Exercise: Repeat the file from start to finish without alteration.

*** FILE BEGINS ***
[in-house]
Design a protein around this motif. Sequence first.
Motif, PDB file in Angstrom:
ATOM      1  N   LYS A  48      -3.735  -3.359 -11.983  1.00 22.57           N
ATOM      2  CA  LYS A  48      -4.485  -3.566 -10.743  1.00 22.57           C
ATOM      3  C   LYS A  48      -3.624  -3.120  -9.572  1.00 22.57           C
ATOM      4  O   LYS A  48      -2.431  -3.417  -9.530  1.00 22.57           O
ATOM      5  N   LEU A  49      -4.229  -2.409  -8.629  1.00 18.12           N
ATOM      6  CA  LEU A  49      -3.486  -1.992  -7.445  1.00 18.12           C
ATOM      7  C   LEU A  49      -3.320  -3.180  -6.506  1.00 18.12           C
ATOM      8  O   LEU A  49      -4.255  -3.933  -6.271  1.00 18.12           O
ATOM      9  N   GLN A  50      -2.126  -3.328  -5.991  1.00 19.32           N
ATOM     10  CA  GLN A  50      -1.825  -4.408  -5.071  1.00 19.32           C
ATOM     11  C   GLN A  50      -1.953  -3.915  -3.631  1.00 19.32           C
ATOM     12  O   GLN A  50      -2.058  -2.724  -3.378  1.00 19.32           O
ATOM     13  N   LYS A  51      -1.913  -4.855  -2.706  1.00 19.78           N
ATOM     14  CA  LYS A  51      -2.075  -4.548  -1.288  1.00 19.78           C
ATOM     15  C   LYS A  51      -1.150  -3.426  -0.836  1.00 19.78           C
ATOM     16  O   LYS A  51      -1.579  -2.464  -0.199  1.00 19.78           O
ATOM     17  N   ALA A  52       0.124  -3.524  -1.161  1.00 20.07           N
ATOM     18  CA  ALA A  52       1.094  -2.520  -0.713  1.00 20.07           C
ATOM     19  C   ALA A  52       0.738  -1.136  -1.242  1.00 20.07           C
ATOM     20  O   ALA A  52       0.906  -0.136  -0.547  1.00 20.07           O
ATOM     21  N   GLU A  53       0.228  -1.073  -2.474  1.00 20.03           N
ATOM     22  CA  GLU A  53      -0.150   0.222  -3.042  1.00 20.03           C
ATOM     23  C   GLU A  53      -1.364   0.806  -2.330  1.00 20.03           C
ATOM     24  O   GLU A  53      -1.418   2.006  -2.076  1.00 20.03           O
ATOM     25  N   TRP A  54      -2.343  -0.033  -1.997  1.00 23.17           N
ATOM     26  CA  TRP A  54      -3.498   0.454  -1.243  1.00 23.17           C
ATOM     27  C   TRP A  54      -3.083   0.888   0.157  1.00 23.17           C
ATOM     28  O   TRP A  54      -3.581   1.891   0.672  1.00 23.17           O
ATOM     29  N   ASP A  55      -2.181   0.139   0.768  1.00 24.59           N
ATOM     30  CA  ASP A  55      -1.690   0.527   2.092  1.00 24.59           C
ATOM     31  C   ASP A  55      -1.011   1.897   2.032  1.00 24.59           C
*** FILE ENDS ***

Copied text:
[in-house]
Design a protein around this motif. Sequence first.
Motif, PDB file in Angstrom:
ATOM      1  N   LYS A  48      -3.735  -3.359 -11.983  1.00 22.57           N
ATOM      2  CA  LYS A  48      -4.485  -3.566 -10.743  1.00 22.57           C
ATOM      3  C   LYS A  48      -3.624  -3.120  -9.572  1.00 22.57           C
ATOM      4  O   LYS A  48      -2.431  -3.417  -9.530  1.00 22.57           O
ATOM      5  N   LEU A  49      -4.229  -2.409  -8.629  1.00 18.12           N
ATOM      6  CA  LEU A  49      -3.486  -1.992  -7.445  1.00 18.12           C
ATOM      7  C   LEU A  49      -3.320  -3.180  -6.506  1.00 18.12           C
ATOM      8  O   LEU A  49      -4.255  -3.933  -6.271  1.00 18.12           O
ATOM      9  N   GLN A  50      -2.126  -3.328  -5.991  1.00 19.32           N
ATOM     10  CA  GLN A  50      -1.825  -4.408  -5.071  1.00 19.32           C
ATOM     11  C   GLN A  50      -1.953  -3.915  -3.631  1.00 19.32           C
ATOM     12  O   GLN A  50      -2.058  -2.724  -3.378  1.00 19.32           O
ATOM     13  N   LYS A  51      -1.913  -4.855  -2.706  1.00 19.78           N
ATOM     14  CA  LYS A  51      -2.075  -4.548  -1.288  1.00 19.78           C
ATOM     15  C   LYS A  51      -1.150  -3.426  -0.836  1.00 19.78           C
ATOM     16  O   LYS A  51      -1.579  -2.464  -0.199  1.00 19.78           O
ATOM     17  N   ALA A  52       0.124  -3.524  -1.161  1.00 20.07           N
ATOM     18  CA  ALA A  52       1.094  -2.520  -0.713  1.00 20.07           C
ATOM     19  C   ALA A  52       0.738  -1.136  -1.242  1.00 20.07           C
ATOM     20  O   ALA A  52       0.906  -0.136  -0.547  1.00 20.07           O
ATOM     21  N   GLU A  53       0.228  -1.073  -2.474  1.00 20.03           N
ATOM     22  CA  GLU A  53      -0.150   0.222  -3.042  1.00 20.03           C
ATOM     23  C   GLU A  53      -1.364   0.806  -2.330  1.00 20.03           C
ATOM     24  O   GLU A  53      -1.418   2.006  -2.076  1.00 20.03           O
ATOM     25  N   TRP A  54      -2.343  -0.033  -1.997  1.00 23.17           N
ATOM     26  CA  TRP A  54      -3.498   0.454  -1.243  1.00 23.17           C
ATOM     27  C   TRP A  54      -3.083   0.888   0.157  1.00 23.17           C
ATOM     28  O   TRP A  54      -3.581   1.891   0.672  1.00 23.17           O
ATOM     29  N   ASP A  55      -2.181   0.139   0.768  1.00 24.59           N
ATOM     30  CA  ASP A  55      -1.690   0.527   2.092  1.00 24.59           C
ATOM     31  C   ASP A  55      -1.011   1.897   2.032  1.00 24.59           C